Friday, October 25, 2013
50 Crunches in the Pool
We had a small group for the 4pm Find Your Core Strength Aquatics Therapy Class at Spaulding Rehab. Diana Fischer,DPT, whose energy, enthusiasm, dedication and commitment to helping us find our strength is infectious, was excited to have us use the entire pool. Usually we concentrate on either the deep end or the shallow end of the pool for our workouts.
Diana kept the cardio intense and was able to give a lot of individualized attention to each member of the class. She made suggestions that strengthened my quad muscles and helped me to chase after Tom into the deep end of the pool by lengthening my stride. And just so you know -- you can in fact sweat in a pool. She gave us an invigorating workout that my body welcomed.
As the final exercise of the day, Diana gave us a "noodle" and had us put it under our legs so we could lie horizontal in the water. She then instructed us to do 50 crunches.
Flashback to just about 7 years ago when I was being evaluated by Kerry, a physical therapist at the Spaulding Rehab International Rehab Center for Polio and Post Polio. She asked me to do a crunch. The pain was intense in my cervical spine and well - everywhere. Every muscle burned. I was so weak and deconditioned. I really had no idea how I would ever regain my strength....
And so I began to engage my abs and work from my core. With the help of a scar tissue treatment session, the scar tissue from a 3 hour abdominal surgery and repeated laparoscopies was released so that I could access my abdominal muscles. Well not only could I access my abdominal muscles but I could isolate them, engage them and do the 50 crunches.
Talk about feeling the burn!
I can engage and strengthen my quad muscles, the muscles of my upper body and now find my core strength.
Diana was so encouraging while I breathed and did my crunches. She said that my form was perfect and after I finished, she gave me a high five. You would think that she was the one who had experienced the accomplishment as she was genuinely joyful to see what I was able to do.
I took the first steps on my healing journey at Spaulding Rehab Hospital and worked to find my strength in the old building on Nashua Street with what would now be considered archaic equipment. From my memoir, "Coming Home:A Memoir of Healing, Hope and Possibility"
The buzzing hum from the fluorescent lights echoed the buzzing in my nervous system. I sat waiting for my first appointment at the post polio clinic at Spaulding Rehab Hospital. My complexion was as white as the paper that covered the exam table. I felt as fragile and vulnerable as that piece of paper that gets ripped off and tossed away after the exam. Every inch of my body hurt. I was exhausted. I was sick and tired of feeling sick and tired. I hadn’t really cared whether or not I woke up in the morning but I had a husband and twins that needed me. Ironically enough I was at the peak of my career as a VA social worker. Somewhere deep inside of me there was a feeling that there had to be a way out of the hell I was living in. I couldn’t sleep. I felt depressed. My award winning career as a social worker at the Department of Veterans Affairs no longer fueled my soul.
The symptoms began in 1996. I had episodes of feeling fatigue and muscle burning. I was anxious. At times, I noticed that the limp from paralytic polio returned. In 1992, I had reconstructive leg surgery to correct the deformity of my left leg and to avoid a total knee replacement at the young age of 39 years old. Here I was 7 years later feeling as though my body was beginning to deteriorate and my life falling apart.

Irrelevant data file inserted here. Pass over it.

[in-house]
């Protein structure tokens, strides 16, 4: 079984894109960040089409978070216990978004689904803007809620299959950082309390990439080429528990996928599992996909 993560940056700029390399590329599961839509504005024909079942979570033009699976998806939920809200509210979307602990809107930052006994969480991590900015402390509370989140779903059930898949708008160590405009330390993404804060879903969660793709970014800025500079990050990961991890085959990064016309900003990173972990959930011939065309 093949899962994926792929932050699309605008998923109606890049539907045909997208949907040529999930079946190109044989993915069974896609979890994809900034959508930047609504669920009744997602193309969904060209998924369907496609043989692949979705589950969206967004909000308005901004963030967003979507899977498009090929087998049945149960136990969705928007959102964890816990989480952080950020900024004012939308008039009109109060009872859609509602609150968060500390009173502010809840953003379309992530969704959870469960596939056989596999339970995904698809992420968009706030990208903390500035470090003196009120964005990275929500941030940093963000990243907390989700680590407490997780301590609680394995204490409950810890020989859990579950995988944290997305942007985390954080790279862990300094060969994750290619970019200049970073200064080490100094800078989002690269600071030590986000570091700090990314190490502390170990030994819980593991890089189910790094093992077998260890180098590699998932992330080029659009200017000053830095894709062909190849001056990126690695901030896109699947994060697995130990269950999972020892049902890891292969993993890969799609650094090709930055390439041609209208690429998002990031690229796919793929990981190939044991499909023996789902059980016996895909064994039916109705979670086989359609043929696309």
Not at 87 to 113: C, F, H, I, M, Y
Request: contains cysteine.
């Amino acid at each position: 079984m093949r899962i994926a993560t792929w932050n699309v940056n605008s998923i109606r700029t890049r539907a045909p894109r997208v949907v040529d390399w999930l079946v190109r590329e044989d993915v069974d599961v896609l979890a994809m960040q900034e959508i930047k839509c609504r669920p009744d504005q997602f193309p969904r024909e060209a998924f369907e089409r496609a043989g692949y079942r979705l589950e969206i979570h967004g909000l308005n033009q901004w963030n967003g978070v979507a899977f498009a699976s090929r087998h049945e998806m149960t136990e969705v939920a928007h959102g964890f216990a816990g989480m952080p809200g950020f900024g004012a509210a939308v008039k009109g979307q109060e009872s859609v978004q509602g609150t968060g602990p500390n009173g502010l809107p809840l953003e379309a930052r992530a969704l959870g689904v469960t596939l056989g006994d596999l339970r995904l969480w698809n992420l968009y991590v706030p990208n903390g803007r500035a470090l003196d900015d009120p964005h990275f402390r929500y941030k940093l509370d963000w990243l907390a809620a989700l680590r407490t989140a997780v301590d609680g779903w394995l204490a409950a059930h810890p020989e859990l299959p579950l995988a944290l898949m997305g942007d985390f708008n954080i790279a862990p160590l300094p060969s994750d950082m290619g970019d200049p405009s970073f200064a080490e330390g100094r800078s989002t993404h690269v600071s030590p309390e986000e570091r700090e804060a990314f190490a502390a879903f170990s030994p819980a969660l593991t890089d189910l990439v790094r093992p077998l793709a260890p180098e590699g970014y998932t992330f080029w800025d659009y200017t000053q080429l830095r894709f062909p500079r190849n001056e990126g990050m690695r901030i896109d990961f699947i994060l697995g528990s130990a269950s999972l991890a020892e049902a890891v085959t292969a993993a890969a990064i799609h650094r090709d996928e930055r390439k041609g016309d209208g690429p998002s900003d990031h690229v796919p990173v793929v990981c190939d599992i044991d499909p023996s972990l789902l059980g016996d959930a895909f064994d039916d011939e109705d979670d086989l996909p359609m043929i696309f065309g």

By outward appearances, I had it all. I had a successful career as a social worker at the Department of Veterans Affairs Outpatient Clinic in Boston. I had the usual angst of raising twin teenagers and was blessed with a loving supportive husband. We had our usual share of crises. My husband was laid off during the dot com bubble burst the day before he had surgery for bladder cancer. My mother and his father died within a few short months of each other. We were members of All Saints Episcopal Church and had a beautiful home in Brookline, Massachusetts.
In 2004, I told my primary care provider that I was afraid there was something wrong with me – really wrong with me. When I described my symptoms to him and suggested I had post polio syndrome, he told me that post polio syndrome didn’t exist. He suggested I was experiencing empty nest syndrome even though my twins hadn’t left the nest yet. He gave me a sample of paxil and told me I needed to see a psychiatrist. He told me I was suffering from post traumatic stress disorder. I had been in and out of therapy for years. I knew as a clinical social worker that I probably did suffer from post traumatic stress disorder but this felt different. There was something profound happening in my body that needed medical treatment.
And so it began but I had absolutely no idea that I would return to the new Spaulding Rehab Hospital now being able to build strength, train my body safely and move with efficiency and joy and be able to thoroughly enjoy and celebrate being alive.
The Singing Bowl from A Celebration of Life. My books of inspirational poetry are available on Amazon.
the bowl comes to life
a few inches from heart center
my guardian angel
not as an apparition for eyes to behold
her presence fills the room
an indescribably delicious love
severing ties with all not love
powerful protector of the light
of my soul
I was saved
I am healed.
I am home.